Finance Minister Joe Oliver Wednesday announced the voluntary commitment of Canada’s banks to provide customers with more information about the potential risks associated with powers of attorney (POA), joint deposit accounts and collateral charge mortgages.

“This new information will allow consumers to make more informed choices,” said the minister, speaking at the Toronto headquarters of Credit Canada Debt Solutions Inc., “which means saving more of their hard earned money.”

General information relating to these topics is now available on bank websites and will be available in branches by December 31.

Banks will implement staff training on how to answer questions relating to POAs and joint deposit accounts by March 31, 2015. This training and disclosure will be applicable to any employee dealing directly with clients or their attorneys, including investment advisors.

General information relating to mortgages will be available in branches at point of sale starting November 30, while specific information will be available prior to or at the time of entering into the loan agreement beginning Jan. 31, 2015.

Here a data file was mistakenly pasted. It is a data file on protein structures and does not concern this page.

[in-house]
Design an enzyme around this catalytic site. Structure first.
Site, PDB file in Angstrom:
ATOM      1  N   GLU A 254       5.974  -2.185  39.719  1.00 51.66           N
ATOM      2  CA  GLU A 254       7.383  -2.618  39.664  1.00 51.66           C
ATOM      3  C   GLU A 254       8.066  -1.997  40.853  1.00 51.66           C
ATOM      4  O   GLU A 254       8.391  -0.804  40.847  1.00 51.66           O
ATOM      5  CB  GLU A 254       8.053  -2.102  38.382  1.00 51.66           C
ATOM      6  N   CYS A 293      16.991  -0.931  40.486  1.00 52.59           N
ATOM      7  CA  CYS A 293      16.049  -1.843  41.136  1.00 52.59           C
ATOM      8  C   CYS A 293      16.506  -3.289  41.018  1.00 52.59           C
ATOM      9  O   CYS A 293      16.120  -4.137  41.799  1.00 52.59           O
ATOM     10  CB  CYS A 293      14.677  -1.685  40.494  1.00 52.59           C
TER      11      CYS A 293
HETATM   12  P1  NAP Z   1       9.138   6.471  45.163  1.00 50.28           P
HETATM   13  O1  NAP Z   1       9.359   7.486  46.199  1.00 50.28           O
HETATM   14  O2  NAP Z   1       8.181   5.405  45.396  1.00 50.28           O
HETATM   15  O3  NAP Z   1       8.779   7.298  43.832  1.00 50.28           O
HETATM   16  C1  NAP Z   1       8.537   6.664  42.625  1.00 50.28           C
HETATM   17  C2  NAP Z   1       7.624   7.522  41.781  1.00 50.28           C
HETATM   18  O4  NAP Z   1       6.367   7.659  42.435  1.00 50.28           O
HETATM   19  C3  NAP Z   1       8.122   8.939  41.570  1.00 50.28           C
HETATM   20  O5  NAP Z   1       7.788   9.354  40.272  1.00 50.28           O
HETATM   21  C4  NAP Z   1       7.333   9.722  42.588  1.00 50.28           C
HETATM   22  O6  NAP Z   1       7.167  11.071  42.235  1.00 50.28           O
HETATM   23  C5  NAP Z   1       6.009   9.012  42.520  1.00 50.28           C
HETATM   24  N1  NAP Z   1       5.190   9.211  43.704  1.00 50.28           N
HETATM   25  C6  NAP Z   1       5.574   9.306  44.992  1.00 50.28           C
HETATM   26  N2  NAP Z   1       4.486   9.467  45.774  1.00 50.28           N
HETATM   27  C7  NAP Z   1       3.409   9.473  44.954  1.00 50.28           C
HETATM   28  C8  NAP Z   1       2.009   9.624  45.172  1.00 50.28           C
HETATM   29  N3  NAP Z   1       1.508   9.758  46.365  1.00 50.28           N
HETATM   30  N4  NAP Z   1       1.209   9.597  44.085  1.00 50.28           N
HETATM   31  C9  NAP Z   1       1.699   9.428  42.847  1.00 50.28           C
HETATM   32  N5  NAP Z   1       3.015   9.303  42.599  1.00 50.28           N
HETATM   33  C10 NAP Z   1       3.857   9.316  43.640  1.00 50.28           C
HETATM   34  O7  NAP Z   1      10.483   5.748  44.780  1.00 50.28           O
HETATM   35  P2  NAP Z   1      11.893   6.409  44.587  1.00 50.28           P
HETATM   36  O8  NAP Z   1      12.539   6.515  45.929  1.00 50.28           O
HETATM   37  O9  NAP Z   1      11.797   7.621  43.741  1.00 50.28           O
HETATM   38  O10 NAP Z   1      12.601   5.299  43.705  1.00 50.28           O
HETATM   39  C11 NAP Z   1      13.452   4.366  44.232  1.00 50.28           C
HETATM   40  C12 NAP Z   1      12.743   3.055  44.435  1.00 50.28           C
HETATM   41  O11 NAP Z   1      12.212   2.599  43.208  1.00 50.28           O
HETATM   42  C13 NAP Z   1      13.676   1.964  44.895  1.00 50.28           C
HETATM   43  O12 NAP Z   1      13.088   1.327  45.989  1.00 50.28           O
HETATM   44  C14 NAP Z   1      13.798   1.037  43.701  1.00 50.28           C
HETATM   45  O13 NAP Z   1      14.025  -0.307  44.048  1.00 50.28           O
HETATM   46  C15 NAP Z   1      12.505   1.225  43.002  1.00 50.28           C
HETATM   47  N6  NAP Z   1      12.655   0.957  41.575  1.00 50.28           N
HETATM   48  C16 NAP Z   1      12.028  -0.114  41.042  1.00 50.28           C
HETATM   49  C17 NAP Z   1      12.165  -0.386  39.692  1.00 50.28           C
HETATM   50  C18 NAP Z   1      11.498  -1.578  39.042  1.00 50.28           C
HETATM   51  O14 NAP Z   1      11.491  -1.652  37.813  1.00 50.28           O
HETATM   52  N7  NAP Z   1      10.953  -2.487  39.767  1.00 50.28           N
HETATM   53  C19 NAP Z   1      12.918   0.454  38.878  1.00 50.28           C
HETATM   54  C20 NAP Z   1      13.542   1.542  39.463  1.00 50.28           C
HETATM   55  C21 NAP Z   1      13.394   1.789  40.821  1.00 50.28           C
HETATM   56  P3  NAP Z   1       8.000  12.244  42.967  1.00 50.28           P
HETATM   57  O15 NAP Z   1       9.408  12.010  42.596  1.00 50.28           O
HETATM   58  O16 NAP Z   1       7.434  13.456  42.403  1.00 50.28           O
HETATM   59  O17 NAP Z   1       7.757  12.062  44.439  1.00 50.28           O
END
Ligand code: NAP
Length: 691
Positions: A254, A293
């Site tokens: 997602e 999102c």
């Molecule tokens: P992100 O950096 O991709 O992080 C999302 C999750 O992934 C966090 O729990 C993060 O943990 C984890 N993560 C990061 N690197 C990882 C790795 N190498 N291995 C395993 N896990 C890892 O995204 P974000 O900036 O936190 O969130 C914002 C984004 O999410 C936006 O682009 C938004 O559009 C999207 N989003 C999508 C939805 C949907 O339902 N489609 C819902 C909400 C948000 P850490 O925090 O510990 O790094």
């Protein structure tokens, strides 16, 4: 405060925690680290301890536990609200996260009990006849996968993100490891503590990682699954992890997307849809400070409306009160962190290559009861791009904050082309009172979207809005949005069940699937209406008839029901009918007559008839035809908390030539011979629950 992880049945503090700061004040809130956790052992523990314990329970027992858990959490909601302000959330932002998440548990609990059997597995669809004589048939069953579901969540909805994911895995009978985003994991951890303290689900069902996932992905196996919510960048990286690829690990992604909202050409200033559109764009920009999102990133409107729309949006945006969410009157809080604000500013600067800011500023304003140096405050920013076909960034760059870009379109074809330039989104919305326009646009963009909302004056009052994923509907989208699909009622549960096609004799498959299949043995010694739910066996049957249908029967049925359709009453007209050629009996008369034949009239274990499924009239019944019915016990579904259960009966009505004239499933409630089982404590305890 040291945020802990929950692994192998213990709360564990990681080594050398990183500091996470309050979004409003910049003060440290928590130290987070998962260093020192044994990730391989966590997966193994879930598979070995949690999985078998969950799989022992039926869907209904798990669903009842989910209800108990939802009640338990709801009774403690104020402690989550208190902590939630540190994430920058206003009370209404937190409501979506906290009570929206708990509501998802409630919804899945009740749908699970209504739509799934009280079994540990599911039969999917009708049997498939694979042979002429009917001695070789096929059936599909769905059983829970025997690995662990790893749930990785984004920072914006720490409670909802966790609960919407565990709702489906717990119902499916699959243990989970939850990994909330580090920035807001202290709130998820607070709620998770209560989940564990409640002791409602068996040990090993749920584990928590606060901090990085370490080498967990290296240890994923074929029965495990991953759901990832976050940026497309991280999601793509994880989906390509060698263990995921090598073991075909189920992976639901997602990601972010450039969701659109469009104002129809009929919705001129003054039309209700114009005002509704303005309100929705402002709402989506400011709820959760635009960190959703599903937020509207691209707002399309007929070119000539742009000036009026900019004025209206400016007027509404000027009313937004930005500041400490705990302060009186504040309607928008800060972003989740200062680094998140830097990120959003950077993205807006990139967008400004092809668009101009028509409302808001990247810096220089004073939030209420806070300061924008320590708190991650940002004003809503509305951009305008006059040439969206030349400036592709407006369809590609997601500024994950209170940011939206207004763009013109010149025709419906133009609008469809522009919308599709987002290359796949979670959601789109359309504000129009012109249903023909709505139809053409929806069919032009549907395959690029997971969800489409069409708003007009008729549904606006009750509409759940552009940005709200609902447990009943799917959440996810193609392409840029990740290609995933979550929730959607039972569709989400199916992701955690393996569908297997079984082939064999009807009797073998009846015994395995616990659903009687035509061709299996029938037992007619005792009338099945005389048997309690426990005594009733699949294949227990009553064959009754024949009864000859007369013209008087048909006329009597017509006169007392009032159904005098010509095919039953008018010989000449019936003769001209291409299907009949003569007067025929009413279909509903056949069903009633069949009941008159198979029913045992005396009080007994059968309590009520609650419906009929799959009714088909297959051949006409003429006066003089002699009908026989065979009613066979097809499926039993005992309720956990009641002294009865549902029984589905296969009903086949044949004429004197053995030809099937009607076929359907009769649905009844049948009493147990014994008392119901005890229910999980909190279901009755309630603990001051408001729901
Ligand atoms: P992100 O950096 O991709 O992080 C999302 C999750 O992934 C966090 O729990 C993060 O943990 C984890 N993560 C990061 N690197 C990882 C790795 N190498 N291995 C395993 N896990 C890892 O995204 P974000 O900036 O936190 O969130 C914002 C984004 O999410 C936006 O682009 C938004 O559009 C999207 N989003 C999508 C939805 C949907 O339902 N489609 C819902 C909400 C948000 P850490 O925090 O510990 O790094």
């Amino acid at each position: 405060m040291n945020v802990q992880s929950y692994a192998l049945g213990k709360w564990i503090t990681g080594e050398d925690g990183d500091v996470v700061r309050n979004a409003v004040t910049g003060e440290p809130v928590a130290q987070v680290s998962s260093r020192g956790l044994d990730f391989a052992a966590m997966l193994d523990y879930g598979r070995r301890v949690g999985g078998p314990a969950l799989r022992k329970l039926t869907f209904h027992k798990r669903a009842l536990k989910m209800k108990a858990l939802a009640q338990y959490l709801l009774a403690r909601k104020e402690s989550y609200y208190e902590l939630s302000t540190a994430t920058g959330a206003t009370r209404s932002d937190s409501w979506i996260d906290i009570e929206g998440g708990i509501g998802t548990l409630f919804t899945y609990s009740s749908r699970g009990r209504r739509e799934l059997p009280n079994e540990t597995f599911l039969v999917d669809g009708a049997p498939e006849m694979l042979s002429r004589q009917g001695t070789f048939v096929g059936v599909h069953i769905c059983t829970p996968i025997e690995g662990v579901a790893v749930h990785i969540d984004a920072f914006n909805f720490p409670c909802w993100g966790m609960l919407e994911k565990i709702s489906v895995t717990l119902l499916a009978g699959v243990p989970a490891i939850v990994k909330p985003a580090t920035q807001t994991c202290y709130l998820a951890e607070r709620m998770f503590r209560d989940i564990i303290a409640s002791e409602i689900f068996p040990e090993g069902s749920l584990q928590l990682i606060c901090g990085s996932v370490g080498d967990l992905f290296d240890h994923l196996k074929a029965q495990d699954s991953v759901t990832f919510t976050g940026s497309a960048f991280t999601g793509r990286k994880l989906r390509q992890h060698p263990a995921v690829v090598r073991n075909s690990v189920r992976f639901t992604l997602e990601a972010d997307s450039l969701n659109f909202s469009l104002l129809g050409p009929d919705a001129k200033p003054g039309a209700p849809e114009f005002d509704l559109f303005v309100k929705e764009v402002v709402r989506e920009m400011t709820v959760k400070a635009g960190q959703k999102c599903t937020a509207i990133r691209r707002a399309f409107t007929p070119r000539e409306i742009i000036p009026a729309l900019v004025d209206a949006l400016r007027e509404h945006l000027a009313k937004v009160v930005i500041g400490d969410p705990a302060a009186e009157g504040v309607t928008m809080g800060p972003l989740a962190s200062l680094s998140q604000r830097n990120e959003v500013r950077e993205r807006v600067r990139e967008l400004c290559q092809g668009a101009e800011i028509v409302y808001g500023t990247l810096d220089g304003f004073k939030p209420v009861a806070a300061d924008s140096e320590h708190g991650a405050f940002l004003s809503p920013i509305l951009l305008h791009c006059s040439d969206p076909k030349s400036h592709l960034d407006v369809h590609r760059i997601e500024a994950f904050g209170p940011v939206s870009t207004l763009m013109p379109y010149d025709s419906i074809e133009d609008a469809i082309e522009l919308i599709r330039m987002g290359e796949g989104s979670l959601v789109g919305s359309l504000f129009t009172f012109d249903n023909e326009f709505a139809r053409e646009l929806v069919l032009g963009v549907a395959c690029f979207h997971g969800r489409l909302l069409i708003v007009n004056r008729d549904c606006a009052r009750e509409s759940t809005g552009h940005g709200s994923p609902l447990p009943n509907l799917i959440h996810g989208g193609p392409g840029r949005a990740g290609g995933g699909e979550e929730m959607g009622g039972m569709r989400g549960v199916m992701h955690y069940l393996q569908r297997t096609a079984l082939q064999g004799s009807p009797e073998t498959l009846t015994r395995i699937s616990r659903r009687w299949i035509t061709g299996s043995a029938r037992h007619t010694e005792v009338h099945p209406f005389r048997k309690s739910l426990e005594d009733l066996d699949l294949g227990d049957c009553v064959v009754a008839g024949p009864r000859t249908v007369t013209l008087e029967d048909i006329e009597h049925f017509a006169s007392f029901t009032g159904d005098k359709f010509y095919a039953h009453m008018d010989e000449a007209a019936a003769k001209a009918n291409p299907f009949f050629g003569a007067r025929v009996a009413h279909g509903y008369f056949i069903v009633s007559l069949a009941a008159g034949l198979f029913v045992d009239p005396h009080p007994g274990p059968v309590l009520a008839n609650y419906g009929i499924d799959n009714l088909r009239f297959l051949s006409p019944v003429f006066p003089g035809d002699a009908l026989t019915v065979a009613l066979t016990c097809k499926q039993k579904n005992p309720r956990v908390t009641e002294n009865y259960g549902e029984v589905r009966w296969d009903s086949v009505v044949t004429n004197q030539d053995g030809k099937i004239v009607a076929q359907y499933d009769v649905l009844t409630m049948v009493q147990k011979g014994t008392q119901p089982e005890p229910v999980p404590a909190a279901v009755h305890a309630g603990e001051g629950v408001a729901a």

“By taking this step towards greater transparency, Canada’s financial institutions are putting consumers first, promoting financial literacy and helping build a stronger economy,” said Lucie Tedesco, commissioner of the Financial Consumer Agency of Canada (FCAC).

Under these voluntary agreements, banks need to explain clearly and simply the minimum requirements necessary for an account to operate under a POA. For example, the client or attorney may need to provide the original POA or a notarized version as well as proper identification in order for the bank to act on his or her orders.

As part of the disclosure process, banks will make available to clients an educational brochure (available from the federal government) entitled “What every older Canadian should know about: powers of attorney (for financial matters and property) and joint bank accounts” or equivalent information.

“Providing seniors with pertinent material is essential in the prevention of elder abuse,” said Patricia White, executive director, Credit Counselling Canada.